Please accept my apologies for my long hiatus. Since the blog’s recent success, I’ve been consumed with long negotiation talks with the site owners. The good news is I have signed a new contract with doublefeaturepreachers.com and will commence with regular posting. On the down side, I will continue to blog without financial compensation. Too bad my copy of ‘Art of The Deal’ is on back order. Anyway, back to cooking.
With summer in full swing, it’s a good time for another grilling centric post. If you haven't read my Memorial Day BBQ primer, you can find it here. Hopefully you'll find useful overarching BBQ tips there. Today I'd like to narrow the focus and talk about chicken. I understand this isn't the sexiest of grill topics, but I think that's only because most grilled chicken is terrible. A lot of that has to do with our (not mine) preferred cut, the chicken breast.
Brine time is always fine:
Brining chicken is the easiest way to increase your odds of serving juicy poultry. A quick soak in a salt water bath is all it takes. Brining allows meat to retain more moisture when cooked. If you have a scale, shoot for a 5% brine, e.g. 50 grams salt : 1000 grams water. If you are measuring volumetrically, aim for ~ ¼ cup table salt per quart of water. Don’t stress over being precise. If you want, simply dissolve salt a little at a time until the brine tastes as salty as the ocean.
I usually brine chicken for 30 minutes to an hour, depending on if I’m doing pieces or a whole bird. Submerge chicken in the salt water and brine in the fridge. When ready to cook, make sure to pat dry the chicken with paper towels or clean kitchen towels. It’s important to get the surface as dry as possible to help with browning. The biggest drawback with brining is that it makes it more difficult to achieve crispy chicken skin. To avoid this, consider investing in a quality syringe and inject the brine directly into the bird.
Unless I’m smoking chicken, I don’t fret over cooking temps. It’s the internal temperature that I monitor no matter how I’m cooking, be it indoors or out. Cook breast meat to ~150F and dark meat to ~165F. Keep in mind that food continues to cook after you take it off the grill, so you may want to shoot for a few degrees below your target. If you brined your meat, you have a larger margin for error. It’s simple, but the single biggest thing you can do to improve your grilled chicken is to not overcook it. Makes sense, but it seems that kitchens with instant read thermometers are in the minority. We can change America for the better, one thermometer purchase at a time, one properly cooked dish at a time. Go out and buy one today.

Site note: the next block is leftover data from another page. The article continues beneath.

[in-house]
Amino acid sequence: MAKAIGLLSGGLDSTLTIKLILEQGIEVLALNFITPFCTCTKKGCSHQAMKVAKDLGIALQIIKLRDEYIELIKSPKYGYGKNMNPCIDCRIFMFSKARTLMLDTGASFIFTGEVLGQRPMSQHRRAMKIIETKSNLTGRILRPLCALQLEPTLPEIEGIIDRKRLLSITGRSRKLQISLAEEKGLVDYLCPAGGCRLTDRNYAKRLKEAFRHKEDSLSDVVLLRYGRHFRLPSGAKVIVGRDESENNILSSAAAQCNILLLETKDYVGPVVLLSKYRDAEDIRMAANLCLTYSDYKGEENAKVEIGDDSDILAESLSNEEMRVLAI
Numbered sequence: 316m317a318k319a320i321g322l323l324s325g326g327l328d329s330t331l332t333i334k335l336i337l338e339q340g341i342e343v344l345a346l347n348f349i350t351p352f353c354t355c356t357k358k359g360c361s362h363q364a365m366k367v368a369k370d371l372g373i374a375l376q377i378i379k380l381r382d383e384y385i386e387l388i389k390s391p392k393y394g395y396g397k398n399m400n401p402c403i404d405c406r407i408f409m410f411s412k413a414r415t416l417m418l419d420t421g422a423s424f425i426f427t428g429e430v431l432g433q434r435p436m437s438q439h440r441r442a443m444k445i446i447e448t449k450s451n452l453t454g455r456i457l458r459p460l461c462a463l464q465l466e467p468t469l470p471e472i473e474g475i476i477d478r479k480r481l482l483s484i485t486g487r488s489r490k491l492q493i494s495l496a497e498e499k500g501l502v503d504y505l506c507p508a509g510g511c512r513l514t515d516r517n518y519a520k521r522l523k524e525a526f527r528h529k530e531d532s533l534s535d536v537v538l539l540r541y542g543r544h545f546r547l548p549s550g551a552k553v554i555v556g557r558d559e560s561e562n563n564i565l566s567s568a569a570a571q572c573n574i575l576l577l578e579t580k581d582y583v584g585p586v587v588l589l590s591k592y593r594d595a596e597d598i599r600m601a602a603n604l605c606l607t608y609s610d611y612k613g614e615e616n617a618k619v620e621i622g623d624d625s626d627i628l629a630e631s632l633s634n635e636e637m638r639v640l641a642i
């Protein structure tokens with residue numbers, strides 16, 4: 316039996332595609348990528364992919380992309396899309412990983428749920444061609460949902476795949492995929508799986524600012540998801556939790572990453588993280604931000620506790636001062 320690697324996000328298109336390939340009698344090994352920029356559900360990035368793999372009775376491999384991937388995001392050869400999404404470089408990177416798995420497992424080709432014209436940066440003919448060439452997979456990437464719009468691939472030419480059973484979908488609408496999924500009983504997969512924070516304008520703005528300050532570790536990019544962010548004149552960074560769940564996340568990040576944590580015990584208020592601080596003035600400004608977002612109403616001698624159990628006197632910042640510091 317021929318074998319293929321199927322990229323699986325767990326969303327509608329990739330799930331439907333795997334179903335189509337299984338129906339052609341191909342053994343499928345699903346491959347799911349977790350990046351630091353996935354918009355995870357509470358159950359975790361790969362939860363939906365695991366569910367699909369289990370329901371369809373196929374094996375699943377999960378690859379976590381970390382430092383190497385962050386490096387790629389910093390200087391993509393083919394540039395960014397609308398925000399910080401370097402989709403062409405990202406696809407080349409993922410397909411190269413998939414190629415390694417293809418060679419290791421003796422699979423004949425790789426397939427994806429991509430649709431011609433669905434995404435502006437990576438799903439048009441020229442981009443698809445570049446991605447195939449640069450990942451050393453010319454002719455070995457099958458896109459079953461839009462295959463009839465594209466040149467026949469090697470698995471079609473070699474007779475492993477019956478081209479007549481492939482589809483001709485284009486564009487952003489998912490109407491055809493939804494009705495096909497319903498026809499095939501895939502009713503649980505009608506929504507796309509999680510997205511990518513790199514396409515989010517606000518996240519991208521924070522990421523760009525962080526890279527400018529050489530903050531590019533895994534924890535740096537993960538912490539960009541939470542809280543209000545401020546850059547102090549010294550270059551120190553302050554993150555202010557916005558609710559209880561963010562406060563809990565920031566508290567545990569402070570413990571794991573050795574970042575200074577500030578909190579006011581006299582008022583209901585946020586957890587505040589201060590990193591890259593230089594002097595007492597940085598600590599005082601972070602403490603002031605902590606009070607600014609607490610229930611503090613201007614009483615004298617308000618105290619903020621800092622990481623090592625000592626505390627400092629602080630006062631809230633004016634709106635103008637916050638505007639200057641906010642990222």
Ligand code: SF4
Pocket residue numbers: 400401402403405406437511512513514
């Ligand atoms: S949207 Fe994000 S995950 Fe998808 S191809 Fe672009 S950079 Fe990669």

Spatchcock & Beer Butt:
I’ll refrain from the obvious jokes here, but these cooking techniques can improve your grilled chicken game. The Beer Butt chicken seems to be fairly popular. While the reason this cooking method works well is often misunderstood, it does indeed lead to a juicy bird with crispy skin. The vertical orientation is responsible for most of the success here. Half a beer insulated by a whole uncooked chicken is not going to boil. Remember that water boils at 212F and that you are shooting for internal final temps of 150F-165F. Keep that in mind next time your uncle wants to waste a high dollar beer to flavor the bird.
Spatchcock, or better known as ‘butterflied’ chicken, is cooked after removing the backbone and cracking the breastbone (lay it flat breast side up and press down with palm to crack). This technique is not only efficient; it provides more surface area for browning. Sear both sides over hot coals and then finish covered over indirect heat. I like to baste chicken with melted butter mixed with lime juice, minced shallot, chopped cilantro, and a little bit of chili powder. It’s a riff on Ruhlman’s recipe which is great as well. Make sure to generously season your bird with salt and pepper. Go easy on the salt though, if you brined.
Just the tips:
The chicken wing may be the best food item on the planet. Crispy skin, chicken fat, and a little meat. I’m willing to bet the golden ratio is somehow involved. While the ideal chicken wing is fried, grilled wings are not far behind. Don’t bother with a brine here. I like to pat dry the wings before salting, and then sear over high heat. I finish the wings covered over indirect heat. The newest trick I’ve incorporated with grilled wings is to remove the wing tips and place them directly over the coals while the wings finish. The dripping fat combust and flavor the wings. So good.
There are my chicken “tips” for a better BBQ. Hopefully you found some of the info useful. Have a great summer grilling, everyone. Again, sorry for the radio silence. My new contract has me posting regularly through September.
Talk to you soon,
Dinner & a Movie
Bringing you food and drinks so that you can make movie night that much more delicious.
"Food is essential for life; therefore make it good"
Shannon does it Julie & Julia style as she cooks through a cookbook and shares thoughts and recipes along the way.